South Korea passes law with major implications for Apple vs Epic

Apple Man
(Image credit: Epic Games)

The National Assembly of South Korea has voted to pass a law that will force Apple and Google to let developers use alternative payment methods on the iOS and Android app stores (thanks, iMore). In normal times this would be big news. In the context of Apple and Epic's ongoing legal battle over anti-competitive practices, it is gargantuan.

The bill was passed today and, per the Wall Street Journal, will become law once signed by President Moon Jae-in. It amends South Korea’s Telecommunications Business Act to prevent huge platform-holders like Apple from making developers use their in-built payment systems. It further has provisions to stop retaliatory measures from platform-holders towards developers who choose to use alternative payment systems that, for example, would have stopped Apple removing Fortnite from the iOS store after Epic installed its own payment system.

Companies that don't comply can be fined up to 3% of their South Korean revenue.

Unsurprisingly Epic CEO Tim Sweeney, who loves firing barbs at Apple via social media, is cock-a-hoop, and claims this is a pivotal moment in the history of computing platforms.

Sweeney then went on, rather ludicrously in my opinion, to equate this moment to President John F. Kennedy's speech at the Berlin Wall in 1963, an oration rightly famed for its role in underlining America's support for West Germany following the construction of said wall by the communist East Germany. Playing on the idea of a walled garden Sweeney's suggestion is that, "As President Kennedy said at the Berlin Wall in 1963, today all developers around the world can be proud to say: I am a Korean!"

Open mouth, insert foot. And not the first time Sweeney's made a daft comparison in this context either.

One group of people who certainly will be boning up on their Korean law are the various regulatory agencies worldwide looking at Apple and Google's size and role in the app ecosystem. Epic is suing Apple in multiple countries, many individual countries' regulatory bodies are looking at the issue themselves, and major players like the European Union are getting involved.

Apple vs Epic trial

(Image credit: Chukrut Budrul/SOPA Images/LightRocket via Getty Images)

In response to the passage of this new law, Apple issued the following statement:

"The proposed Telecommunications Business Act will put users who purchase digital goods from other sources at risk of fraud, undermine their privacy protections, make it difficult to manage their purchases, and features like 'Ask to Buy' and Parental Controls will become less effective. We believe user trust in App Store purchases will decrease as a result of this proposal—leading to fewer opportunities for the over 482,000 registered developers in Korea who have earned more than KRW8.55 trillion to date with Apple."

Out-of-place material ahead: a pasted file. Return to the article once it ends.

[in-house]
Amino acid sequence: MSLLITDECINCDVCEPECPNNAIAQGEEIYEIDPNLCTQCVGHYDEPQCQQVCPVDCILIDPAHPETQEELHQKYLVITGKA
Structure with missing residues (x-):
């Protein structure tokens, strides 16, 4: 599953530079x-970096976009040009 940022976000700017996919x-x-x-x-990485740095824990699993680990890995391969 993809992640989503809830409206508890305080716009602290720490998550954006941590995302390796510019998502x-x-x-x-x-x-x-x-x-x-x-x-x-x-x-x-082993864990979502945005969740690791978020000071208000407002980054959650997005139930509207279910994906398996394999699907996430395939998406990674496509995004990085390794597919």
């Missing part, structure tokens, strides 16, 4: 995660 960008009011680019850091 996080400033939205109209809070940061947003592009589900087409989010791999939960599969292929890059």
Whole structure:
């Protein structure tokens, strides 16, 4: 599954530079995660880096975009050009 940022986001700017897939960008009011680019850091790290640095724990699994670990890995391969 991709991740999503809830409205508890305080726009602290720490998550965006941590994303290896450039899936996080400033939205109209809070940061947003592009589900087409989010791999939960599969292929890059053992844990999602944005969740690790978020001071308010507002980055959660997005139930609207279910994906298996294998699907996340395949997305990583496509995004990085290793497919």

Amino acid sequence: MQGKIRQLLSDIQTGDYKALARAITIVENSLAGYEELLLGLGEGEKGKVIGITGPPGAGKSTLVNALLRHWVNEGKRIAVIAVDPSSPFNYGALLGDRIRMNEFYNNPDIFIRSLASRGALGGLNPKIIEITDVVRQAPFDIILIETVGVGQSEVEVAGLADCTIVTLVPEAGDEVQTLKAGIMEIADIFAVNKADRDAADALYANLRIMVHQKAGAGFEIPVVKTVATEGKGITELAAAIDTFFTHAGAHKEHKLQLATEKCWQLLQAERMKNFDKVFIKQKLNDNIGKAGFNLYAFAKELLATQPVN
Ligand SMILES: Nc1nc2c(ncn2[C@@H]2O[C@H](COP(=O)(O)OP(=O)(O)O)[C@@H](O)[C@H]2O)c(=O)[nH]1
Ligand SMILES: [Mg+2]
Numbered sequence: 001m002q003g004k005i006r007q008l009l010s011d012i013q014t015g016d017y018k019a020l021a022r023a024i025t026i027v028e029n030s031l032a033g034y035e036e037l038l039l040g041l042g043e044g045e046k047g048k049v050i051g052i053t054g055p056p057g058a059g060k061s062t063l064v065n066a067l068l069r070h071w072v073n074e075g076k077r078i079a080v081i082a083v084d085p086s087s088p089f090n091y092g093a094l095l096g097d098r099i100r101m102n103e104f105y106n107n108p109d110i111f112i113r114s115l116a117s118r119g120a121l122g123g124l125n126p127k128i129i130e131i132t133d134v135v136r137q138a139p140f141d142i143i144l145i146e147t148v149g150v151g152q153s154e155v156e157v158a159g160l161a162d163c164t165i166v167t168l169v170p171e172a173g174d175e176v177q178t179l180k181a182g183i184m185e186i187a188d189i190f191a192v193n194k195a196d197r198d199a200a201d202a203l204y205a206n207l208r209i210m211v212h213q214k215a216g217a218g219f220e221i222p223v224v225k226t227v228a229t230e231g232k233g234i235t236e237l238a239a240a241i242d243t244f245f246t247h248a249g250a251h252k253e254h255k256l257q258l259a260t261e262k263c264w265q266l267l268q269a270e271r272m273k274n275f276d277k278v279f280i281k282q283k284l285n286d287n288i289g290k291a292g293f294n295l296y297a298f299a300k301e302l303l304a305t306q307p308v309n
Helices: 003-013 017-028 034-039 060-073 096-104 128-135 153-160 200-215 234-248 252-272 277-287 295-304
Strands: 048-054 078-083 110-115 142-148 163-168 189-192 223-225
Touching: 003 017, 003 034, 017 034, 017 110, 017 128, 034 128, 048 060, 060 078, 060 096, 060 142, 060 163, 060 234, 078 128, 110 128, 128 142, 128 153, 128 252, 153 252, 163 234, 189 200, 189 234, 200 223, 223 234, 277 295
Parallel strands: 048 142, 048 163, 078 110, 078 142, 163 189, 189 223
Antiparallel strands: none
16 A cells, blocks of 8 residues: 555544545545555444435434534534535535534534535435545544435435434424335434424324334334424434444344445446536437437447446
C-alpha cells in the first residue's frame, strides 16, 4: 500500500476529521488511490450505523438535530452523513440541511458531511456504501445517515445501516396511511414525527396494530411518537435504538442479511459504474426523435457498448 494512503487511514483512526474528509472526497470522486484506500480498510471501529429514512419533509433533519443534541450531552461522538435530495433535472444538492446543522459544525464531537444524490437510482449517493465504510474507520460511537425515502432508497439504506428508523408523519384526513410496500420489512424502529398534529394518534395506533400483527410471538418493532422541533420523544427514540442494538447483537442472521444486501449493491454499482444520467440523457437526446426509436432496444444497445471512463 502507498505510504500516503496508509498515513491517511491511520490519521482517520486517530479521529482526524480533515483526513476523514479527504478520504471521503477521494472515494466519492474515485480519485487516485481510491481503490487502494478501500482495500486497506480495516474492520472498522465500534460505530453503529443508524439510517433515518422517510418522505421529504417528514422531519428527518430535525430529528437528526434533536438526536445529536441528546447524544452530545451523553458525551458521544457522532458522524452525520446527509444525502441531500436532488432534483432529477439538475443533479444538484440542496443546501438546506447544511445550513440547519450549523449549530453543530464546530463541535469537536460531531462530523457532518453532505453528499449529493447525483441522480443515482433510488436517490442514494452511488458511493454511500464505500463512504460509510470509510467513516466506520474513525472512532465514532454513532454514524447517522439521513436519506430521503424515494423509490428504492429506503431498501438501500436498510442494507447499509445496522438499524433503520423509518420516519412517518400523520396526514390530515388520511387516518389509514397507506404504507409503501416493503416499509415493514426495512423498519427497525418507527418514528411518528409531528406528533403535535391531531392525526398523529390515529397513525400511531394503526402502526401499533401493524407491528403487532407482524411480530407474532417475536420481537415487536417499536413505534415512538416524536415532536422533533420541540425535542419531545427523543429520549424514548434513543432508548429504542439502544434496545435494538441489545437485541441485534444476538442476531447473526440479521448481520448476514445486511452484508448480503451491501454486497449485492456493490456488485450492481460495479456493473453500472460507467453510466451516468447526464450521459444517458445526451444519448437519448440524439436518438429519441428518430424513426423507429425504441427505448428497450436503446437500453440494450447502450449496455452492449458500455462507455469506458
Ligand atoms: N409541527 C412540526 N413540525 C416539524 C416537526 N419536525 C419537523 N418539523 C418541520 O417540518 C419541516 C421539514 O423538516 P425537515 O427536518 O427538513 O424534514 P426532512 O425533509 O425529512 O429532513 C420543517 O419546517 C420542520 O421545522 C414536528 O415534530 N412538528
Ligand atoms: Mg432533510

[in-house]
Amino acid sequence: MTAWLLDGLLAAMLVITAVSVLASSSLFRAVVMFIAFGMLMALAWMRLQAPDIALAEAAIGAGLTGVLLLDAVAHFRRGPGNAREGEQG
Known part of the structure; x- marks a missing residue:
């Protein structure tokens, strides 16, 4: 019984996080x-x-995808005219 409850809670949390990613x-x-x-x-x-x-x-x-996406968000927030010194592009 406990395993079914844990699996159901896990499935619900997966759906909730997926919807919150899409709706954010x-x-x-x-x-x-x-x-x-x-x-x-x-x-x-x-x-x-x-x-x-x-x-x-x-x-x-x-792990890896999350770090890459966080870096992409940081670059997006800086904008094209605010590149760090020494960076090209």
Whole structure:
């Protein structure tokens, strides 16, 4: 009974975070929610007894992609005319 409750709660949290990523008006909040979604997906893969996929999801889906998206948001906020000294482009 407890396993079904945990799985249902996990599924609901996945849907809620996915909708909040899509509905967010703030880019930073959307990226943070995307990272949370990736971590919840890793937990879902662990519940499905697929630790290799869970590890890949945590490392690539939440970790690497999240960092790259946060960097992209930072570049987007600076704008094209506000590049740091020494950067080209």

These are familiar themes from Apple: its major arguments in favour of developers having to use the centralised iOS payment system revolve around clarity and security for users, and the increased potential for fraud with third-party payment systems. Still: soon it won't have a choice, in South Korea at least, and that means we're going to see how Apple does try to thread this particular needle. The company has also previously indicated that, even were it to allow other payment methods, it would still need to collect commission from developers.

The giant corporate battle over this is going to run and run, and the consequences of whatever happens will reverberate across our industry (Apple even tried to drag Valve in at one point, who said 'no thanks'). Here's an explainer of all the key issues Epic and Apple are warring over and, if you really want to get into the nitty gritty, everything at the core of Apple's fightback.

Rich Stanton

Rich is a games journalist with 15 years' experience, beginning his career on Edge magazine before working for a wide range of outlets, including Ars Technica, Eurogamer, GamesRadar+, Gamespot, the Guardian, IGN, the New Statesman, Polygon, and Vice. He was the editor of Kotaku UK, the UK arm of Kotaku, for three years before joining PC Gamer. He is the author of a Brief History of Video Games, a full history of the medium, which the Midwest Book Review described as "[a] must-read for serious minded game historians and curious video game connoisseurs alike."